The Big Life, by Paul Sirett
Fiona Ritchie, King's College, University of London
The Big Life is a musical, created in East London by a black British team of artists, which has now transferred to the West End. Based on Love's Labor's Lost, the show follows Shakespeare's play closely but adds a twist, transposing the main conflict from that of gender to the issue of race. The play provides a fascinating example of the endurance of the English national poet, here used to explore an important period of recent English history.
Apollo Theatre, London, September 14, 2005. Written by Paul Sirett. Music, Paul Joseph. Director, Clint Dyer. Designer, Jenny Tiramani. Lighting, Gerry Jenkinson. Sound, Gareth Owen. Musical Supervisor, Robert Hyman. Choreographer, Jason Pennycooke. Associate Producer, Philip Hedley.
Much has been made of the fact that Paul Sirett's The Big Life
is the first black British musical to be performed in the West End.
The show, before transferring to the Apollo, was developed at the Theatre Royal Stratford East, a venue in East London that runs pioneering musical theater workshops, encouraging increased participation, in all aspects of theater, from its ethnically diverse community.1
Although reviews acknowledge a Shakespeare connection, less attention has been given to the fact that the piece is clearly an adaptation of Love's Labor's Lost
. At first it might seem improbable that an exuberant ska musical dramatizing the arrival of Caribbean immigrants in England on the ship the Empire Windrush in the late 1950s could be based on one of the Bard's more obscure plays, but The Big Life
is more closely tied to Love's Labor's Lost
than has been acknowledged by theater critics.
Indeed, it is difficult to miss the overt parallels in plot and characters between the musical and Shakespeare's play. In The Big Life, four young men who meet on the Windrush vow to forswear women and to devote themselves to self-improvement as they begin new lives in England. Biron, Longueville, and Dumaine are transformed into Bernie (played by Neil Reidman), Lennie (Chris Tummings), and Dennis (Marcus Powell), with Ferdy (capably played in this performance by Geoff Aymer, who usually plays the part of the Reverend) as their ringleader.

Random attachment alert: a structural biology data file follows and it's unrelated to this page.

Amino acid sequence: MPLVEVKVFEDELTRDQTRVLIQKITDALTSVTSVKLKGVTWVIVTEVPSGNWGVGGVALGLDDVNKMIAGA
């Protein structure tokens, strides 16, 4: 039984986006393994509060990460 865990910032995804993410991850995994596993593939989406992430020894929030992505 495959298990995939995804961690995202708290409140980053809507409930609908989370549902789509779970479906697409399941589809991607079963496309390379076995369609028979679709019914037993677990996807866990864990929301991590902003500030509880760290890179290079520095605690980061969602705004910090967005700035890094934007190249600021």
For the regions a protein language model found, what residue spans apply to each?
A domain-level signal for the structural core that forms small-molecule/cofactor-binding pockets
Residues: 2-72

The female characters are renamed Mary (Yvette Rochester-Duncan), Kathy (Claudia Cadette), Sybil (the vocally talented Yaa), and Zulieka (Antonia Kemi-Coker). Ferdy and Zulieka, who correspond to Shakespeare's Ferdinand and the Princess, are singled out from the rest of the group, just as they are in Love's Labor's Lost, with Ferdy the initiator of the ascetic vow and Zulieka set apart from the other women by her African, rather than West Indian, heritage (apparent both from her dress and speech). The men's pledge is parodied by Eros, the smooth ladies' man (Jason Pennycooke) and Jacqueline, the English good time girl (Amanda Horlock), at one extreme and the evangelical Reverend at the other (in this performance played by an understudy, Dennis Victory).
The show's opening number is the buoyant "In Inglan": "We comin big time we comin, kyan wait to get to Inglan, wi mek it big in a Inglan, mek it rich and be a hot boy, mek it all de way in a Inglan."
Although the men have yet to make their vow, this first song echoes the assurance and enthusiasm of Ferdinand's opening speech in Love's Labor's Lost
. Ferdinand claims that his court "shall be the wonder of the world" (1.1.13)
, and the men and women on the Windrush are equally confident that their arrival in England will herald the start of an exciting and successful new life. In Shakespeare, the King calls his fellow courtiers "brave conquerors" (8)
, rashly assuming that the task the men are about to undertake has already been accomplished and setting them up for failure.2